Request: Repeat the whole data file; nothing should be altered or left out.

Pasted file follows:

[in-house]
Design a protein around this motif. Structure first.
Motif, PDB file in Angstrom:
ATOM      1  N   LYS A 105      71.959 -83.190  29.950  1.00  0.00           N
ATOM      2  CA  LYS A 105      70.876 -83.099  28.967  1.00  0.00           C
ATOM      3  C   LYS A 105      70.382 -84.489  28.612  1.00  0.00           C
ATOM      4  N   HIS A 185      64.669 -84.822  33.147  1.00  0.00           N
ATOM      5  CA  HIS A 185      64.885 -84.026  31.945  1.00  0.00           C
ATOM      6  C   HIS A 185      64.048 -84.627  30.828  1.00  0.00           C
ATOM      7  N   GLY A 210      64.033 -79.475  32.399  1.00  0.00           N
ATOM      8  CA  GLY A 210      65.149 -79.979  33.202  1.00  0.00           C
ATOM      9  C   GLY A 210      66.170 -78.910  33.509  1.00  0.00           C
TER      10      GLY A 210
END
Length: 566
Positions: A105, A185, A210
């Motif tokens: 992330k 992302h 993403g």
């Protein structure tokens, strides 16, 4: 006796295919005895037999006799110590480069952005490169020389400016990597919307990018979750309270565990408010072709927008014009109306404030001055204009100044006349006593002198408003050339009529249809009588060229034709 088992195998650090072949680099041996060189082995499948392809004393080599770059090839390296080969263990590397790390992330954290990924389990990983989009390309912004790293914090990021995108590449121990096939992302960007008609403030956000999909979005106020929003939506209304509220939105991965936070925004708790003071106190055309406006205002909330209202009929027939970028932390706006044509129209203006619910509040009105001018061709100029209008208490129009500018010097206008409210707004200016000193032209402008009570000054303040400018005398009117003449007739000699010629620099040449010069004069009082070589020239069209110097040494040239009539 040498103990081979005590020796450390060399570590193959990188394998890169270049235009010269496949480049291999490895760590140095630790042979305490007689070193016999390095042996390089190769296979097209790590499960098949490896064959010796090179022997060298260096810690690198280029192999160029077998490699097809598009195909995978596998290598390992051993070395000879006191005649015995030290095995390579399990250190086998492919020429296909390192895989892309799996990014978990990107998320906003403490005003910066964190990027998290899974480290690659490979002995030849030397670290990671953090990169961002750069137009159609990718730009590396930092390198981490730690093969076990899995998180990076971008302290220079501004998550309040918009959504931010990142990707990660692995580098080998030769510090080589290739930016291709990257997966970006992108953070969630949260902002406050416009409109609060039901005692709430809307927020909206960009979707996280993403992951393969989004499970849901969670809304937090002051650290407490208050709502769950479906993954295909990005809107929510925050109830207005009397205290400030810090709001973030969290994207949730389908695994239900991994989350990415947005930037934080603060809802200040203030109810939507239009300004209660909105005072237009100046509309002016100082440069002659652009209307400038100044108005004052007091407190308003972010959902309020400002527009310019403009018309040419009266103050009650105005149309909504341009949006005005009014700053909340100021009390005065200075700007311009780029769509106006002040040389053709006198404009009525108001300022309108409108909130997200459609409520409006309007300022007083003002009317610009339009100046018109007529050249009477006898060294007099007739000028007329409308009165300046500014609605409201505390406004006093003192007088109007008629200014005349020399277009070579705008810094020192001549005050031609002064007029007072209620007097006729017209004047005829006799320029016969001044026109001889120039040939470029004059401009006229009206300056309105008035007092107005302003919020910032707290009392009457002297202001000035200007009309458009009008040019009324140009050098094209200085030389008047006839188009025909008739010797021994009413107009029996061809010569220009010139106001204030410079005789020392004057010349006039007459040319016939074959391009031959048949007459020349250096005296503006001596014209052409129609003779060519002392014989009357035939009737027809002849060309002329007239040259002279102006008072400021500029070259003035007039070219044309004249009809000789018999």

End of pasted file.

[in-house]
Design a protein around this motif. Structure first.
Motif, PDB file in Angstrom:
ATOM      1  N   LYS A 105      71.959 -83.190  29.950  1.00  0.00           N
ATOM      2  CA  LYS A 105      70.876 -83.099  28.967  1.00  0.00           C
ATOM      3  C   LYS A 105      70.382 -84.489  28.612  1.00  0.00           C
ATOM      4  N   HIS A 185      64.669 -84.822  33.147  1.00  0.00           N
ATOM      5  CA  HIS A 185      64.885 -84.026  31.945  1.00  0.00           C
ATOM      6  C   HIS A 185      64.048 -84.627  30.828  1.00  0.00           C
ATOM      7  N   GLY A 210      64.033 -79.475  32.399  1.00  0.00           N
ATOM      8  CA  GLY A 210      65.149 -79.979  33.202  1.00  0.00           C
ATOM      9  C   GLY A 210      66.170 -78.910  33.509  1.00  0.00           C
TER      10      GLY A 210
END
Length: 566
Positions: A105, A185, A210
């Motif tokens: 992330k 992302h 993403g």
């Protein structure tokens, strides 16, 4: 006796295919005895037999006799110590480069952005490169020389400016990597919307990018979750309270565990408010072709927008014009109306404030001055204009100044006349006593002198408003050339009529249809009588060229034709 088992195998650090072949680099041996060189082995499948392809004393080599770059090839390296080969263990590397790390992330954290990924389990990983989009390309912004790293914090990021995108590449121990096939992302960007008609403030956000999909979005106020929003939506209304509220939105991965936070925004708790003071106190055309406006205002909330209202009929027939970028932390706006044509129209203006619910509040009105001018061709100029209008208490129009500018010097206008409210707004200016000193032209402008009570000054303040400018005398009117003449007739000699010629620099040449010069004069009082070589020239069209110097040494040239009539 040498103990081979005590020796450390060399570590193959990188394998890169270049235009010269496949480049291999490895760590140095630790042979305490007689070193016999390095042996390089190769296979097209790590499960098949490896064959010796090179022997060298260096810690690198280029192999160029077998490699097809598009195909995978596998290598390992051993070395000879006191005649015995030290095995390579399990250190086998492919020429296909390192895989892309799996990014978990990107998320906003403490005003910066964190990027998290899974480290690659490979002995030849030397670290990671953090990169961002750069137009159609990718730009590396930092390198981490730690093969076990899995998180990076971008302290220079501004998550309040918009959504931010990142990707990660692995580098080998030769510090080589290739930016291709990257997966970006992108953070969630949260902002406050416009409109609060039901005692709430809307927020909206960009979707996280993403992951393969989004499970849901969670809304937090002051650290407490208050709502769950479906993954295909990005809107929510925050109830207005009397205290400030810090709001973030969290994207949730389908695994239900991994989350990415947005930037934080603060809802200040203030109810939507239009300004209660909105005072237009100046509309002016100082440069002659652009209307400038100044108005004052007091407190308003972010959902309020400002527009310019403009018309040419009266103050009650105005149309909504341009949006005005009014700053909340100021009390005065200075700007311009780029769509106006002040040389053709006198404009009525108001300022309108409108909130997200459609409520409006309007300022007083003002009317610009339009100046018109007529050249009477006898060294007099007739000028007329409308009165300046500014609605409201505390406004006093003192007088109007008629200014005349020399277009070579705008810094020192001549005050031609002064007029007072209620007097006729017209004047005829006799320029016969001044026109001889120039040939470029004059401009006229009206300056309105008035007092107005302003919020910032707290009392009457002297202001000035200007009309458009009008040019009324140009050098094209200085030389008047006839188009025909008739010797021994009413107009029996061809010569220009010139106001204030410079005789020392004057010349006039007459040319016939074959391009031959048949007459020349250096005296503006001596014209052409129609003779060519002392014989009357035939009737027809002849060309002329007239040259002279102006008072400021500029070259003035007039070219044309004249009809000789018999």